On Campus Musical Explorations Culminate in Free Public Concerts
Walking around campus over the last two weeks, you might have caught strains of chamber music wafting through the corridors of the Jewett Arts Center. One might be just as likely to hear violins playing in Houghton Chapel, or flutes warming up in Pendleton Hall.
Wellesley is currently hosting the Composers Conference and Chamber Music Workshops, an annual event with a dual purpose: to further the potential of emerging, young composers and to develop the talent of amateur chamber musicians through instruction with nationally-renowned faculty. Both provide opportunities for performance, to the delight of audiences who enjoy the free performances of the participating musicians.
Both programs are highly selective. Approximately 60 skilled musicians participate in each of the two weeks of the chamber music program, coached in small ensembles by the Conference’s distinguished faculty. A typical day consists of professional instruction, optional large-group ensemble readings, ad hoc sight-reading, workshops, master classes, concerts, and special events.
On the professional side, the Composers Conference invites only 10 of the 100-150 qualified applicants each year to participate. Once selected, those composers immerse themselves in a two-week program that includes composition workshops in the morning, followed by intense rehearsals in the afternoons, and culminating in several evening concerts. Concerts are recorded for the composers’ use, such as postdoctoral or competition applications.
The workshops are comprehensive, covering everything from the building blocks of music, like rhythm and harmony, to conceptual discussions on topics such as what a composer is trying to communicate. Composers share their own works, and benefit from the critiques of the Guest Composers who lead the workshops, and from the examination of their peers’ work.
Wellesley has been home to the conference for many years, and it is often familiarly referred to as the Wellesley Composers Conference. As Martin Brody, Catherine Mills Davis Professor of Music at Wellesley, has said, “This is a unique environment for the performance of contemporary music by the top performers of that repertory in the country.” The facilities and the "picture postcard" campus are much appreciated by the visiting musicians, as former composer participant Andrew Sigler has written for New Music Box. From his description of the conference, it feels as though Wellesley's culture of immersion in new, diverse, and even conflicting ideas with the spirit of exploration and collaboration also permeates the conference.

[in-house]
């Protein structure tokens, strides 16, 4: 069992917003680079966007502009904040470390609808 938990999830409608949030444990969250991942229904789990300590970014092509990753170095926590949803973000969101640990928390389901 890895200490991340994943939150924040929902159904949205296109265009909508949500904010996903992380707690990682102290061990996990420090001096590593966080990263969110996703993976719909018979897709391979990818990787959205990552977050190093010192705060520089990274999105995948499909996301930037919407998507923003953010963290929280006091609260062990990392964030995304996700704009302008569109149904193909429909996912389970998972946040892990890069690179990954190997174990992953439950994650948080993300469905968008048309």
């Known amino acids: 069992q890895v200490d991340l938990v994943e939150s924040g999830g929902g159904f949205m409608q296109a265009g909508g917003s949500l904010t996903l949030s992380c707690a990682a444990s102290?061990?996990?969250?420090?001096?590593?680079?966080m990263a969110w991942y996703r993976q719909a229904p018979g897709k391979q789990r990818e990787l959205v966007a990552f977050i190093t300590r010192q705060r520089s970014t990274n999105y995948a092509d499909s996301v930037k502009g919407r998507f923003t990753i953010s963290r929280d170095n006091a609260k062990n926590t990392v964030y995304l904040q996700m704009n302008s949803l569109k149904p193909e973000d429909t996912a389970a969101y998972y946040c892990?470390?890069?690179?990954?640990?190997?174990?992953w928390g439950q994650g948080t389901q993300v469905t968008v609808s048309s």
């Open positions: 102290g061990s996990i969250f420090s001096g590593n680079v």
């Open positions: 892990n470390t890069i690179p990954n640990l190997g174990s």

Each year’s two Guest Composers are notable leaders in their field who are often alumni of the program themselves. Such is this case for this year’s Guest Composers, Augusta Read Thomas and Steven Mackey. Thomas explains that she studied with Conference Director Mario Davidovsky during her time as a fellow, and is proud to continue the cycle, knowing that some of her current students will be leading another generation’s workshops in years to come.
Thomas says that she is “very honored” to be part of the program, which is led by “a hero of mine,” in reference to Davidovsky, who has guided the Conference for nearly 40 of its 70 years. He is one of the most esteemed composers in the world—a recipient of the Pulitzer Prize, Guggenheim Award, Naumburg Award, and National Endowment for the Arts Award, among many others honors.
The success of his Conference’s alumni honors Davidovsky as well: Guest Composer Steven Mackey’s awards include a Grammy, several awards from the American Academy of Arts and Letters, a Guggenheim fellowship, and numerous others. He is currently composing a large multi-movement orchestral work co-commissioned by the Los Angeles Philharmonic, the Sydney Symphony, the National Symphony and the New World Symphony, which will premiere in 2015. He is also a professor of music and chair of the Department of Music at Princeton University.
Augusta Read Thomas’ Astral Canticle was one of two finalists for the Pulitzer Prize in Music. She is the former composer-in-residence with the Chicago Symphony Orchestra and the New Haven Symphony, and her works have been performed by major symphonies around the world. She has received prizes and awards from the Siemen’s Foundation in Music, the National Endowment for the Arts, the American Academy of Arts of Letters, and the John Simon Guggenheim Memorial Foundation, and others.
Mackey and Thomas are in good musical company among the acclaimed program directors and artistic faculty.
Guests are invited to experience the final product of their collaborations, as performances are free and open to the public. The program’s final concert will be hosted at 8 p.m. on Saturday, August 2, in Jewett Auditorium at Wellesley.